Unaffordable Housing: Offshore buyers, Open Markets and their impact on Protection Planning
24/03/2016 10:56:59 PM //
It tells us that according to “the local real estate board” the average detached home in Vancouver has increased in value by 30 percent year-on-year (February) and that sales have gone up by a massive 37 percent. Sure, some will be rubbing their hands but for average Vancouver resident this is just plain bad.
Living in Hong Kong we know this phenomenon only too well and have lived with unaffordable housing, on and off, over the last few property cycles. The pain and social angst caused by the present cycle has been especially painful for those who have not been able to afford to buy or those who have been savaged by ever rising rent.
Hong Kong is currently feeling some relief from the rocketing prices of the last half decade or so but it may be short-lived as the value of developers has bounced hard of recent lows.
Our local market is small, very open (in some regards) and very heavily manipulated. Historically our government has a less than stellar record in terms of how they have controlled the availability of land; their efforts usually resulting in excessively tight/surplus supply coinciding with wider cyclical slowdowns/booms. This time around we have also been ‘experimented on’ with various Macro Prudential efforts aimed at controlling demand.
The efforts have been on two fronts: our banking regulator has had an eye on lending and our government has applied additional temporary taxes to property transactions. The latter seems to have had more of an effect than the former. There is a fascinating IMF paper on this for the macro wonks out there.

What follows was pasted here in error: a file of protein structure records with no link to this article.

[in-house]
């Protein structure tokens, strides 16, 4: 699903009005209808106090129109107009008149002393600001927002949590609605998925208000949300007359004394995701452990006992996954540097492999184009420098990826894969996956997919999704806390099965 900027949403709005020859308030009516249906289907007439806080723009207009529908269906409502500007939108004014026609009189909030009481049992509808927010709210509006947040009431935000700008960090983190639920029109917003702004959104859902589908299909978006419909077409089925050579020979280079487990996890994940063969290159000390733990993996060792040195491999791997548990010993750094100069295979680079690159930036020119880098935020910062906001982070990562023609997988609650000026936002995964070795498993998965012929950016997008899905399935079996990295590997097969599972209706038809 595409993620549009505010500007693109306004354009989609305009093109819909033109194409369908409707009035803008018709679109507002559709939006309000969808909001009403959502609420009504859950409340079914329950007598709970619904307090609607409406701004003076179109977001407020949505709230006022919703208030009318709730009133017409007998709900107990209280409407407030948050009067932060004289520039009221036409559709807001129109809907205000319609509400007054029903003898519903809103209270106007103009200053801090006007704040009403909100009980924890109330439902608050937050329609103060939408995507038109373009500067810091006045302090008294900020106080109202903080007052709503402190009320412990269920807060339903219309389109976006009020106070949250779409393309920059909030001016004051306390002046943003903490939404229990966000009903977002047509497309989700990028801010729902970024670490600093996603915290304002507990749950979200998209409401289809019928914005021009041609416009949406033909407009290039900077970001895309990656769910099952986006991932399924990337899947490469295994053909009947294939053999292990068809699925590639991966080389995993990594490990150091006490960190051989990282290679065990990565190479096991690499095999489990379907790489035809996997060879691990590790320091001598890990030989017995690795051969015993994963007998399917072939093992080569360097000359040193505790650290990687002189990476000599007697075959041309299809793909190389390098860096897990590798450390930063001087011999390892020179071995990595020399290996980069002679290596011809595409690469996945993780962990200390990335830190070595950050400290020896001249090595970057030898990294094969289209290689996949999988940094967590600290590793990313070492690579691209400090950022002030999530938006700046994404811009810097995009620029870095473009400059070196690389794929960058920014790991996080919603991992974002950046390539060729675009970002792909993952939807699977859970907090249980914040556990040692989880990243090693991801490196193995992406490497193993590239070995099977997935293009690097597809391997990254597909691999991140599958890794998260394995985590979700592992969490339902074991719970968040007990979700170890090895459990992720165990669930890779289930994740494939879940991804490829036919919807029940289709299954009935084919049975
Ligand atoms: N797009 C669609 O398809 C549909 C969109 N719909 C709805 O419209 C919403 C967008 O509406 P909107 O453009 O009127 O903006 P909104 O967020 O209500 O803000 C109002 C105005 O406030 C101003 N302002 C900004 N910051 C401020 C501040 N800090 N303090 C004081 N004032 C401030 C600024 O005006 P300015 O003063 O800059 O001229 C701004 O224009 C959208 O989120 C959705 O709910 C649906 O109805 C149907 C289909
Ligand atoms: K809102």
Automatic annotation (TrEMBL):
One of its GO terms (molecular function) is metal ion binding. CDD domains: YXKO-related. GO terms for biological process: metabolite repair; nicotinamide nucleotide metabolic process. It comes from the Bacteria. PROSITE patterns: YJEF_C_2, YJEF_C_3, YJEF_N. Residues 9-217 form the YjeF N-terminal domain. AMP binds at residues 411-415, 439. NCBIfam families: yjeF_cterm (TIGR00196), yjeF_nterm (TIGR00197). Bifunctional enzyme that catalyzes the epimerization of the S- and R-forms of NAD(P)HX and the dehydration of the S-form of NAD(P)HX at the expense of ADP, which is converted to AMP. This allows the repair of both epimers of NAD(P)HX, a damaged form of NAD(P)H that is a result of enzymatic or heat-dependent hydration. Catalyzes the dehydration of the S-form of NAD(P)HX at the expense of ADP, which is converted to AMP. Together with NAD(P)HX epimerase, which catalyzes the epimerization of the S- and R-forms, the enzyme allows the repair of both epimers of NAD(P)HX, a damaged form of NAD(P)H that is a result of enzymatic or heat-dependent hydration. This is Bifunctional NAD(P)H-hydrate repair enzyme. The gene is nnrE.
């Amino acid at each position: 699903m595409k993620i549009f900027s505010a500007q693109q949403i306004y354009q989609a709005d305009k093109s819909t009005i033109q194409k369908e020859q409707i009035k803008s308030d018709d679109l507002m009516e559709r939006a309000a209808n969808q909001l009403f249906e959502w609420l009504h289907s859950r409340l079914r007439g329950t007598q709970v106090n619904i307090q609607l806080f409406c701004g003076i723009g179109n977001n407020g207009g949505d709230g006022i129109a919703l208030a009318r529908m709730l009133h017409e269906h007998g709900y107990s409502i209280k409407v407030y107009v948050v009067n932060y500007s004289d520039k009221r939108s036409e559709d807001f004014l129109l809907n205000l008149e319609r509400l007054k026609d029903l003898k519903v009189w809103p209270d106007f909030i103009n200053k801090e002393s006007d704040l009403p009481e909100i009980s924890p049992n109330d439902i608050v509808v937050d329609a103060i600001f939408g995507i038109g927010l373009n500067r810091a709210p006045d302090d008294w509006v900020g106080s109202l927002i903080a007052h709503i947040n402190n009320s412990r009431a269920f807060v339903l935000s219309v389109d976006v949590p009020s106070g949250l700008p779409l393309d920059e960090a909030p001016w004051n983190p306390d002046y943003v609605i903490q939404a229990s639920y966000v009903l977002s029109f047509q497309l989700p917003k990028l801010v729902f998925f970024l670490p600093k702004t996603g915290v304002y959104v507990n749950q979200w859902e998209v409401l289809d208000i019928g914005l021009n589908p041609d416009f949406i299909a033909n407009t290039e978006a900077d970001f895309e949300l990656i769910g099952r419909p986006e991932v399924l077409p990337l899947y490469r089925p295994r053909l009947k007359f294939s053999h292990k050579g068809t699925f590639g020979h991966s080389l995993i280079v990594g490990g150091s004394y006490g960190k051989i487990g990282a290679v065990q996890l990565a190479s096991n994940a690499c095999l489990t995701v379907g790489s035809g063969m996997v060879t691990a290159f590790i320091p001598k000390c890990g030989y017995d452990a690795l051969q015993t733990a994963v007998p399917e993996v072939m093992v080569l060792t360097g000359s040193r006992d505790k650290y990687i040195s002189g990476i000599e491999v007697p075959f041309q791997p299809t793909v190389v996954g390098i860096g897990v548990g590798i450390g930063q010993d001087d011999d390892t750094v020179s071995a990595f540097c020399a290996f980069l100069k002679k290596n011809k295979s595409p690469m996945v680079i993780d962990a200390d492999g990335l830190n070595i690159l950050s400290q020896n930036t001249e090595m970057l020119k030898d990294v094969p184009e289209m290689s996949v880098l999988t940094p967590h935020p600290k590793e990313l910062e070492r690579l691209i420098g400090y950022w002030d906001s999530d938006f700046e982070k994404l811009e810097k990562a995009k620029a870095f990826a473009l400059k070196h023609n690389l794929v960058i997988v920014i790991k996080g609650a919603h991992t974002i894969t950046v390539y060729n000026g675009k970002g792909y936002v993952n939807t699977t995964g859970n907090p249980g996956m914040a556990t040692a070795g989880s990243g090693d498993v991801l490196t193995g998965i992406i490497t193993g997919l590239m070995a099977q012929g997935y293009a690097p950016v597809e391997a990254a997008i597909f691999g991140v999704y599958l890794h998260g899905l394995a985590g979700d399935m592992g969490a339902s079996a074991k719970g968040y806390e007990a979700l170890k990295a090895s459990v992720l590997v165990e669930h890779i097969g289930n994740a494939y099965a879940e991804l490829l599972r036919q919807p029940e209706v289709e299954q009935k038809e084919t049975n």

Today’s Bloomberg piece tells us that the National Bank of Canada is looking at the issue and that the “National Bank’s analysis follows the federal government’s budget announcement Tuesday that it will spend C$500,000 to find ways of tracking foreign homebuyers.” It adds that “Somesaid the money wasn’t enough for a proper search and analysis.” We tend to agree.
All of this leaves us wondering if the powers that be in Vancouver, and in other property ‘hot spots’, will enjoy any more success than the very limited success we have seen in Hong Kong. Until such time that excessive liquidity and very accommodative monetary policy are replaced by higher rates and tighter liquidity it is hard to see any tinkering being effective.
In any event, we hope that there is some relief soon. Tragically, when people are forced to spend more than they should (>30%) on housing (buying or renting) then they have too little spend on their wider retirement provision and the all-important basic elements of financial planning such as life cover to protect their families in the event of death. We’ll talk more about life cover and protection planning in our upcoming blogs.